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And then they came for YOU

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    Many in Rural US seem not interested in the Covid19 Pandemic as they complacently and proudly stated, that only happens in Urban areas.     And then it came for them.

    While anyone with a modicum of knowledge of how a disease spreads know - it was only a matter of time.   

     I rely on the John Hopkins model for overview of data.    https://www.arcgis.com/apps/opsdashboard/index.html#/bda7594740fd40299423467b48e9ecf6

 

     It looks pretty awful in the on-line picture....but expand the picture, down to the deeper view and you will learn that the urban only pov is wrong.    Couple that with the basic knowledge that rural hospitals have been closing over the past decade.    That leaves people with symptoms of Covid19 facing a big problem:   where to go for diagnosis / treatment.    Do they wait 5-10 days to get a test result?   ( self quarantine) and if they have more agressive symptoms where do they go for treatment, as a nearby rural hospital which may be "close"   may not have sufficient medical equipment and staffing.    

 

10 things to know about rural hospital closures:

1. Across the U.S., more than 120 rural hospitals have closed since 2010, according to the Cecil G. Sheps Center for Health Services Research.

2. Thirty-one states have seen at least one rural hospital shut down since 2010, and the closures are heavily clustered in states that have not expanded Medicaid under the ACA.

3. Twenty rural hospitals in Texas have closed since 2010, the most of any state. Tennessee has seen the second-most closures, with 13 rural hospitals shutting down in the past decade.

4. The Sheps Center began tracking rural hospital closures in 2005. Since then, 163 hospitals in rural communities have shut down.

5. The number of closures has steadily increased over the past three years. Rural hospital closures hit a record high in 2019, with 19 shutting down.

6. A variety of issues have put rural hospitals in a fragile position, including low patient volume, heavy reliance on government payers, increased regulatory burden, rising pharmaceutical drug costs and the shift from inpatient to outpatient care, according to a report by the American Hospital Association.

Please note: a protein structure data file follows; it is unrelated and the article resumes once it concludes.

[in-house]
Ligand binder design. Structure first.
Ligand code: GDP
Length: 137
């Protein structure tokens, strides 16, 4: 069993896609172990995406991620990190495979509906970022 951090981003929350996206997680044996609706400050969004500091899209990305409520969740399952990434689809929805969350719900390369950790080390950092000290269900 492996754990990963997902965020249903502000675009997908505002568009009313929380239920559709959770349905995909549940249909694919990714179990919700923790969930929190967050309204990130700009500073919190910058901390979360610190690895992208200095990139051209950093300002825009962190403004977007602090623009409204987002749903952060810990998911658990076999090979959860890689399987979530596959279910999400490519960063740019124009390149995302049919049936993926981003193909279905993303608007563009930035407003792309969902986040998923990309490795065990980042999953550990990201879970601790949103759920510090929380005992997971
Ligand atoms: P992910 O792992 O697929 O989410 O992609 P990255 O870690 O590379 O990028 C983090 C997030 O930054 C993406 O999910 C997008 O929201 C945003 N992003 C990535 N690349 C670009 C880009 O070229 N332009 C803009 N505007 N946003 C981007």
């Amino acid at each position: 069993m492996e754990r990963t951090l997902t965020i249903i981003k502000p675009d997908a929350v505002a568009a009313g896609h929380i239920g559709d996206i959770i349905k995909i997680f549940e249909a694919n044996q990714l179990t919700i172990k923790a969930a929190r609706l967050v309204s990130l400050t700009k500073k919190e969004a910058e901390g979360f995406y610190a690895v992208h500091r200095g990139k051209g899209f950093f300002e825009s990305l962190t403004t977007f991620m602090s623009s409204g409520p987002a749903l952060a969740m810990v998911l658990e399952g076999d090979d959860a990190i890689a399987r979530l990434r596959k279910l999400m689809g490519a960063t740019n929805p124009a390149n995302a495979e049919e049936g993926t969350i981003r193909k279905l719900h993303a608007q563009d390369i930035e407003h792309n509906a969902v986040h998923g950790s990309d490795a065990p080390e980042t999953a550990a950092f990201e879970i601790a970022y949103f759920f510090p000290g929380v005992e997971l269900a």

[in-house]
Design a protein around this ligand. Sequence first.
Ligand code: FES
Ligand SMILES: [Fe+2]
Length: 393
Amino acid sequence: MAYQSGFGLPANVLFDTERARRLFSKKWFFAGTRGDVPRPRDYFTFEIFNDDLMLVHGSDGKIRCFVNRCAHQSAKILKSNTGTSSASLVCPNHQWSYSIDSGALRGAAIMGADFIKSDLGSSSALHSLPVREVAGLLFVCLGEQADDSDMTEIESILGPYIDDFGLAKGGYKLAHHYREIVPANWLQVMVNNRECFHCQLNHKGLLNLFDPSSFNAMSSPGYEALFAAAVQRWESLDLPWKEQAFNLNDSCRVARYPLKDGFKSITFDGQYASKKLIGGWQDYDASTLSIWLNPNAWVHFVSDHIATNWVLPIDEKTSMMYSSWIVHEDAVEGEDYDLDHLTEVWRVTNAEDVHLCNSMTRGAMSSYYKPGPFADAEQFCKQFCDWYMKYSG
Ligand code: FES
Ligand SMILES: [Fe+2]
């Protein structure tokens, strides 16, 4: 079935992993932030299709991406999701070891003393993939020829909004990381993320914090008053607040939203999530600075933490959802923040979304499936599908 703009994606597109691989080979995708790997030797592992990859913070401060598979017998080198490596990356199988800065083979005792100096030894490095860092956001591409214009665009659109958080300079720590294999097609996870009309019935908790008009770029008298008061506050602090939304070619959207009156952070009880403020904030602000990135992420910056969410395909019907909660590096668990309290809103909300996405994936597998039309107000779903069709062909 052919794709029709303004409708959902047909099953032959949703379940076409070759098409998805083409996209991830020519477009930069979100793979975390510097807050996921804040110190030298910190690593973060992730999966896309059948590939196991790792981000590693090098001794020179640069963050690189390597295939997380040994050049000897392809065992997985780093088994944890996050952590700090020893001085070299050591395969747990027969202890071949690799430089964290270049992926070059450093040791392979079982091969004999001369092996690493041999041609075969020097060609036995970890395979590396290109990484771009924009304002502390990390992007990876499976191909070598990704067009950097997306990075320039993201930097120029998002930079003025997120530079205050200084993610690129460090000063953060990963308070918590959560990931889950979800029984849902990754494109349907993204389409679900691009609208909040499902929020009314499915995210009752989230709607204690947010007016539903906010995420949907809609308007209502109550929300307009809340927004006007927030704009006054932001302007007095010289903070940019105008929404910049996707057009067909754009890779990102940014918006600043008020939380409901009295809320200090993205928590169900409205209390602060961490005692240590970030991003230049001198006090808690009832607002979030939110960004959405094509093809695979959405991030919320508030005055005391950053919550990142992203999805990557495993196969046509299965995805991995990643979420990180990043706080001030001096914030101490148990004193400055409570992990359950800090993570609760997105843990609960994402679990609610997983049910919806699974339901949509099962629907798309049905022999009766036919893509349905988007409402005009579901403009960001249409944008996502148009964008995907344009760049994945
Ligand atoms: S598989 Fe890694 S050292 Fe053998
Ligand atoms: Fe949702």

7. Although for-profit hospitals accounted for just 11 percent of rural hospitals in 2013, nearly 40 percent of the hospitals that closed between 2013 and 2017 were for-profit, according to a report  by the U.S. Government Accountability Office.

8. Across the U.S., more than 600 rural hospitals are vulnerable to closure, according to an estimate from iVantage Health Analytics, a firm that compiles a hospital strength index based on data about financial stability, patients and quality indicators.

9. Sixty-eight percent of the hospitals vulnerable to closure are critical access hospitals — a designation that requires certain conditions be met, including being located at least 35 miles from another hospital.

10. Patient access to care suffers when a rural hospital shuts down, and consequently, patient outcomes can worsen. A working paper published by the National Bureau of Economic Research found rural hospital closures increased inpatient mortality by 5.9 percent.    (this is from Beckers)

 

Who is that knocking on that rural door?    https://www.nytimes.com/interactive/2020/04/08/us/coronavirus-rural-america-cases.html

PRO-LIFE is Affordable Healthcare for ALL .
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